Love ginger tea? It's easy to make from scratch! Try making this homemade ginger tea with fresh ginger, lemons, and honey. Drink it hot or iced!
Do you love ginger tea?
It's spicy, delicious, and soothing.
And yes, sometimes I buy it at the store. If you're looking for store-bought ginger tea, I like Traditional Medicinal's organic ginger tea.
And lately, I've been making homemade ginger tea.
And guys, it's SO GOOD.
Homemade ginger tea uses fresh ginger, so it has more flavor than store-bought tea (which uses dried ginger).
Plus it's easy to make. I promise.
Want more tea ideas? Check out this guide to herbal teas.
Why Drink Ginger Tea?
First of all, ginger is delicious.
It's one of my favorite flavors.
And again-- it tastes good!!!
Can I Grow Ginger in My Garden?
When I started making homemade ginger tea, the first thing I wondered was, "Can I grow this myself?"
Unfortunately, I don't live in the right climate.
But, you might!
If you live in a tropical, humid climate, give it a try! Ginger is (supposedly) an easy plant to grow.
Where Can I Buy Ginger?
Look for it in with the refrigerated produce at the grocery store.
It should be easy to find. I've found fresh ginger at both Walmart and Kroger.
Pick out a piece of ginger that's moist and plump. If the ginger feels lightweight and dry, it's probably old.
I recommend buying organic ginger and lemons for this tea, so if your grocery store stores the organic produce in a different section of the store, look there.
How to Make Homemade Ginger Tea
Start with eight ounces of fresh ginger and two lemons.
Weigh the ginger at the store before you buy it if you don't have a scale. If you want to buy a scale, I love a low-tech analog kitchen scale for produce.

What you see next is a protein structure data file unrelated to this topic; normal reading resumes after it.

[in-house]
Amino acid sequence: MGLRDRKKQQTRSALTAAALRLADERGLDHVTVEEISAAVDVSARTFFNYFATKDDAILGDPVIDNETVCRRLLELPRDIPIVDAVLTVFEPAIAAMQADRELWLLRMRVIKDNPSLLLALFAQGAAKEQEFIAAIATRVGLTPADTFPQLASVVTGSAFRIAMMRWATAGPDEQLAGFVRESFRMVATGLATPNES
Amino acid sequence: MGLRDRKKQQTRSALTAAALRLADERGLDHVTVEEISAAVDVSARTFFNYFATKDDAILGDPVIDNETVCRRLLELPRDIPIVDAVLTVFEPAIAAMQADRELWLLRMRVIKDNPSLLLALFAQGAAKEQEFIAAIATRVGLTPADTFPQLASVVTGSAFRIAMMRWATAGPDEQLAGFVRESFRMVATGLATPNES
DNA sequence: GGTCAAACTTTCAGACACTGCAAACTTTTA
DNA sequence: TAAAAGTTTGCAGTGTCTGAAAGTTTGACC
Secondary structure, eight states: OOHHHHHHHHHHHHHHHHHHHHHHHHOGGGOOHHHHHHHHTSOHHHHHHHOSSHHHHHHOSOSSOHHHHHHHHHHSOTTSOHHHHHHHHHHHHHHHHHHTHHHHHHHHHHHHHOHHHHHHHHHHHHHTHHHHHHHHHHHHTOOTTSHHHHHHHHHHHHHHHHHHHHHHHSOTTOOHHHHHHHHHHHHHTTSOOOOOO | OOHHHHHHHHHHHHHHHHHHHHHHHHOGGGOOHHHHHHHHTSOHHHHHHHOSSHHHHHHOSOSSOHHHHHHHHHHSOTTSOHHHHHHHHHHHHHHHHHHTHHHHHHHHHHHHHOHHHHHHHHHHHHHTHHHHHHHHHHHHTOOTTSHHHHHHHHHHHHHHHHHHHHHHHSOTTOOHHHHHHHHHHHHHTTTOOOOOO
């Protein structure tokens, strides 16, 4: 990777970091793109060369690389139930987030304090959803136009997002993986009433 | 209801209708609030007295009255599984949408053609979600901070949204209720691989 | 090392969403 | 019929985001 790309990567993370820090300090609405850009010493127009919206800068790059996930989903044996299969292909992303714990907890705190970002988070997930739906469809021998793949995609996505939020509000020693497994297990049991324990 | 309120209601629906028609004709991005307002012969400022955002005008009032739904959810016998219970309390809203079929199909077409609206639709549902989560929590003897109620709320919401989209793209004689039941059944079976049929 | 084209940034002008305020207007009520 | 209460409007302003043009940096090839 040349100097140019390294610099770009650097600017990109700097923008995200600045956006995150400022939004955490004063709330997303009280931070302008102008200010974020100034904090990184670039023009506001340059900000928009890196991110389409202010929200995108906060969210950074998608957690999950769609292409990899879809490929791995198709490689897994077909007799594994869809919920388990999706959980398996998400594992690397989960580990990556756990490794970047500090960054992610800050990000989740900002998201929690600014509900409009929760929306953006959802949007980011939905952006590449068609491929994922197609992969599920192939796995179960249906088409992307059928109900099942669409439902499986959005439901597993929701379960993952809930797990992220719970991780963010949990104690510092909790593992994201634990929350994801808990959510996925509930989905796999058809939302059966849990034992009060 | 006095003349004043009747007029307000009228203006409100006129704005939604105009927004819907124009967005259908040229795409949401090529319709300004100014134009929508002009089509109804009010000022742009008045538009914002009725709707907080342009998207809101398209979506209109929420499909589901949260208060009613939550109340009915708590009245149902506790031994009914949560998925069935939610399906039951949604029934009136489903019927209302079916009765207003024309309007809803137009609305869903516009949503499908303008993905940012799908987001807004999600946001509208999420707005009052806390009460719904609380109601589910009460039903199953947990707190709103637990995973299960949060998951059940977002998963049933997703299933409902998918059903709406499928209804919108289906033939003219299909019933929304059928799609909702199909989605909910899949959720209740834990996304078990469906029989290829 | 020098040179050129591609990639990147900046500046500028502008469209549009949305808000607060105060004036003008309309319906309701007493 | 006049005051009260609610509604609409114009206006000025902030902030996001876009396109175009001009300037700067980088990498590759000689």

Wash and then dice the ginger. There's no need to peel it.
Fill a large pot with eight cups of water. Add the ginger.
Cut the lemons in half, juice them, and add both the juice and the juiced lemon halves to the pot.
I use a wooden citrus reamer and simply juice the lemons right over the pot of water.
If some lemon seeds end up in the water, don't worry, because you're straining out all the solids later anyway.
Heat the water until it boils, and then simmer the liquids for about 25 minutes.
Next, strain the tea through a fine mesh sieve to get rid of all the solids.
I like to use a wooden spoon to push any tea out of the lemon halves while straining.
Can I Serve Homemade Ginger Tea Without Sweetener?
Of course you can. Drink this however you want.
I do recommend adding a tiny bit of sweetener (like honey), because unsweetened ginger tea can be a little bit bitter.
Can I Make This in Smaller Batches?
This recipe makes about six cups of ginger tea.
You can easily halve the recipe, but I recommend making the whole recipe. Why?
For one thing, since it takes a little more effort to make homemade ginger tea than it does to pull out a store-bought bag of tea, I find I'm more likely to make and drink this homemade tea if I make a big batch of it.
Plus, this tea is delicious cold!
I like to pour the tea into eight-ounce glass jars, and store it in the fridge. Then I simply grab a jar of ginger tea in the morning and drink it cold!
Homemade Ginger Tea
- 8 ounces ginger root organic preferred
- 2 lemons organic preferred
- 8 cups water
- ⅛ cup honey, optional but recommended Use more or less as desired
- Roughly chop the ginger root.
- Juice the lemons, reserving both the lemon and the juice.
- Add 8 cups of water to a large pot. Add the ginger root, lemon juice, and lemon halves.
- Bring to a boil, and then simmer for about 25 minutes.
- Strain the ginger tea through a mesh sieve, reserving the tea and discarding the ginger and lemon halves.
- You should have about 6 cups of tea. If you've got less, you can add filtered water to make up the difference (if desired).
- Stir the honey into the tea, and stir to dissolve.Tip: Fresh ginger tea can be quite bitter. If you prefer unsweetened tea, I recommend using the ⅛ cup honey in the directions. If you like a sweeter tea, add ¼ cup honey (or more).
- Serve hot, and store leftover ginger tea in a glass container in the fridge. Reheat tea before drinking, or serve cold.